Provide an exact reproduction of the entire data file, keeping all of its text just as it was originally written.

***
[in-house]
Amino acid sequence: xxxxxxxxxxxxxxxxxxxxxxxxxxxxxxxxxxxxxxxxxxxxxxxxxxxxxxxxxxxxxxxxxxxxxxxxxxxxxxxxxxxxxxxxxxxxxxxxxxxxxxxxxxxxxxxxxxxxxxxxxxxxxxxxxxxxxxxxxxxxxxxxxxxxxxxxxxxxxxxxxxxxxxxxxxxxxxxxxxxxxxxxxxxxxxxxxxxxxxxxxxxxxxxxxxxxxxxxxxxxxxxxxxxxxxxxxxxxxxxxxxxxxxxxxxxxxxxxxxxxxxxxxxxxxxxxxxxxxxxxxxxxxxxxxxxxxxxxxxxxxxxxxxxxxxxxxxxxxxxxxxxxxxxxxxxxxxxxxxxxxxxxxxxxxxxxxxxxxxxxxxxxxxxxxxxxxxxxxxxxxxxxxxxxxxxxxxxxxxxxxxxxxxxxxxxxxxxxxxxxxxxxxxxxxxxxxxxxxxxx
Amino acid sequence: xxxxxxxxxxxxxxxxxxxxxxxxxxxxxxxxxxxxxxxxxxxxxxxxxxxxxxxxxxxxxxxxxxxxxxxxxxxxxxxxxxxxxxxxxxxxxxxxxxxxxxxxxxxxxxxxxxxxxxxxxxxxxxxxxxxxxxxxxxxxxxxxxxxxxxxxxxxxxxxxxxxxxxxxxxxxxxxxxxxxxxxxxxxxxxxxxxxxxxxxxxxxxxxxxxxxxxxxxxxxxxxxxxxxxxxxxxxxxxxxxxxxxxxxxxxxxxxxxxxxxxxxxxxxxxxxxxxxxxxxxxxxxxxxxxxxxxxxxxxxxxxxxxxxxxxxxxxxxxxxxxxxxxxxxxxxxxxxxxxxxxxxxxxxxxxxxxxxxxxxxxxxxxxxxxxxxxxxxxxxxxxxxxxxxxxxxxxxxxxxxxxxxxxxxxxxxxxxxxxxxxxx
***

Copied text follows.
[in-house]
Amino acid sequence: xxxxxxxxxxxxxxxxxxxxxxxxxxxxxxxxxxxxxxxxxxxxxxxxxxxxxxxxxxxxxxxxxxxxxxxxxxxxxxxxxxxxxxxxxxxxxxxxxxxxxxxxxxxxxxxxxxxxxxxxxxxxxxxxxxxxxxxxxxxxxxxxxxxxxxxxxxxxxxxxxxxxxxxxxxxxxxxxxxxxxxxxxxxxxxxxxxxxxxxxxxxxxxxxxxxxxxxxxxxxxxxxxxxxxxxxxxxxxxxxxxxxxxxxxxxxxxxxxxxxxxxxxxxxxxxxxxxxxxxxxxxxxxxxxxxxxxxxxxxxxxxxxxxxxxxxxxxxxxxxxxxxxxxxxxxxxxxxxxxxxxxxxxxxxxxxxxxxxxxxxxxxxxxxxxxxxxxxxxxxxxxxxxxxxxxxxxxxxxxxxxxxxxxxxxxxxxxxxxxxxxxxxxxxxxxxxxxxxxxx
Amino acid sequence: xxxxxxxxxxxxxxxxxxxxxxxxxxxxxxxxxxxxxxxxxxxxxxxxxxxxxxxxxxxxxxxxxxxxxxxxxxxxxxxxxxxxxxxxxxxxxxxxxxxxxxxxxxxxxxxxxxxxxxxxxxxxxxxxxxxxxxxxxxxxxxxxxxxxxxxxxxxxxxxxxxxxxxxxxxxxxxxxxxxxxxxxxxxxxxxxxxxxxxxxxxxxxxxxxxxxxxxxxxxxxxxxxxxxxxxxxxxxxxxxxxxxxxxxxxxxxxxxxxxxxxxxxxxxxxxxxxxxxxxxxxxxxxxxxxxxxxxxxxxxxxxxxxxxxxxxxxxxxxxxxxxxxxxxxxxxxxxxxxxxxxxxxxxxxxxxxxxxxxxxxxxxxxxxxxxxxxxxxxxxxxxxxxxxxxxxxxxxxxxxxxxxxxxxxxxxxxxxxxxxxxxx